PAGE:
[UPDATE: Please note that this post was from 2015. There have been significant changes to the beers offered, both on tap as well as by the bottle, at The Coke for this season. A complete new post of this topic will be forthcoming.]
Beer and Baseball have quite a history together. Even hot dogs take a back seat to the connection between beer, their breweries and a ball game. Indeed, I believe it an intrinsic part of the game-day experience for those who are able and chose to partake of a cold beverage at the ball park.
Coca Cola Park and the IronPigs management have done a very respectable job making a variety of brews available to the beer-drinking public at the games. Every year, there’s a new twist, some new choices, and some new places to grab a drink. Here’s a general “map” and “menu” of what’s available, and where to get it, and how much it costs. At the end, I’ll give you some strategies for the thirsty baseball fan who doesn’t want to miss any of the action standing in line.
Keep in mind please: These things are subject to change all the time. I’ll try to update this post periodically, but I’ll never be able to keep up with it completely. Too much beer–too little time. If you’d like to make additions or corrections, please feel free to add them in the comments–it will make this piece better as a reference.
As you enter the park at the main entrance, you’ll find the Blast Furnace Grill and some other food stands on your right. If you’re purchasing food straight away, you can add a beer here. They don’t have taps, but have the “Standard Bottles” for $5.75 and “16 oz Premium” for $6.50.
Throughout much of the park, 16-oz aluminum bottles of Budweiser, Bud Light, Michelob Ultra, Bud Light Lime, and Coors Light are widely available. These are the common choices the “Beer Man” has in his bucket coming through the stands or positioned strategically on the concourse.
Premium bottle beers usually include Sam Adams Boston Lager, Sam Adams Seasonal, and Corona in 12-oz glass bottles for $5.75. The beer will be decanted into a plastic cup by your vendor. There are “premium” 16-oz cans of Shock Top and Landshark, and perhaps some others, about, as well for $6.50.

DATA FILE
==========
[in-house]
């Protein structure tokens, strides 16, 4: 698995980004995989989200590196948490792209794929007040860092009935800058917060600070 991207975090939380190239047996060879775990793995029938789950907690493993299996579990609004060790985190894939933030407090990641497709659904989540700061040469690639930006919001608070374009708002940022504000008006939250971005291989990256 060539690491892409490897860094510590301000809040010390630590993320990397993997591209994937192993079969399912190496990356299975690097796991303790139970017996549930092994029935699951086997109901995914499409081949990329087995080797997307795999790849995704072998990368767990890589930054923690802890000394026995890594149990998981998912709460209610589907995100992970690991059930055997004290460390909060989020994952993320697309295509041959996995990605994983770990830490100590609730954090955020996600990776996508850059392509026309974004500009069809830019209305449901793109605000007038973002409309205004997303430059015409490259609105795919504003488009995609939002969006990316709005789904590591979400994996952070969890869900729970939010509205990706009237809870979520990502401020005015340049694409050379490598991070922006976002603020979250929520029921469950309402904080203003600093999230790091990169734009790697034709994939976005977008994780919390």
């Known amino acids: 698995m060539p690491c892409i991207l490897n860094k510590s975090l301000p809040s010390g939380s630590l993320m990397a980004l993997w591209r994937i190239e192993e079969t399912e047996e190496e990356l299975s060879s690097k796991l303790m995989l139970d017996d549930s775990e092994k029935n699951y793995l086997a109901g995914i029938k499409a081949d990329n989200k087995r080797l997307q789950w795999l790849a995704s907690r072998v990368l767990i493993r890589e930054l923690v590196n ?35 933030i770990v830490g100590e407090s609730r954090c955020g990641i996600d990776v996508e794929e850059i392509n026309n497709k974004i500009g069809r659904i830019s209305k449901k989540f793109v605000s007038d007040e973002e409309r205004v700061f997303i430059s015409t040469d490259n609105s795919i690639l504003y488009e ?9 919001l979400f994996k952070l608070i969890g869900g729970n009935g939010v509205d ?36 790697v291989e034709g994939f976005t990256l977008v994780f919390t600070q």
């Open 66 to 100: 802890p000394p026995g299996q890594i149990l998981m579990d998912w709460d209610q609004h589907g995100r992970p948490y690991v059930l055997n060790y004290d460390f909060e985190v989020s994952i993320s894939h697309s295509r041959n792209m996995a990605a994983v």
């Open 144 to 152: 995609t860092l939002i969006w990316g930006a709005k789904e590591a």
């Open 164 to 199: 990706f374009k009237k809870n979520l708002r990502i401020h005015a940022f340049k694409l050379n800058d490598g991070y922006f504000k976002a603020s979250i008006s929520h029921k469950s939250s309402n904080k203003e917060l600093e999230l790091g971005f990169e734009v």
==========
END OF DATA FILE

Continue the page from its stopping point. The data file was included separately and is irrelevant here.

If you’re entering the park and proceeding to the left where where most of the seating is located, you’ll likely encounter one of the beer vendors in a yellow shirt. If you’re in need of a cold one right away, this can be an excellent way to get one quickly. They used to be $5.50, but are now $5.75. I never take the quarter(s) as change. There’s almost never a line.
Straight across the plaza before you turn left to head towards most of the seating, you’ll find a Beer and Snacks portable. They have Shock Top, Landshark and Bud Light on tap. Shock Top and Landshark are $6.00 for a 16 oz cup, while Bud Light is $5.75. The important thing to know here, is that these drafts are also available in the big 32-oz cups for $10.00 and $9.50 respectively. Some simple math will tell you that this is a good way to get two beers if you were going to drink them anyway. The downside, is that those big 32-oz cups are a bit flimsy–tricky to carry, and in the dead of summer your beer will tend to get a little warm unless you down it quickly. The Beer and Snacks here also has the “Standard Bottles” as well as O’Doules alcohol-free beer for $4.00.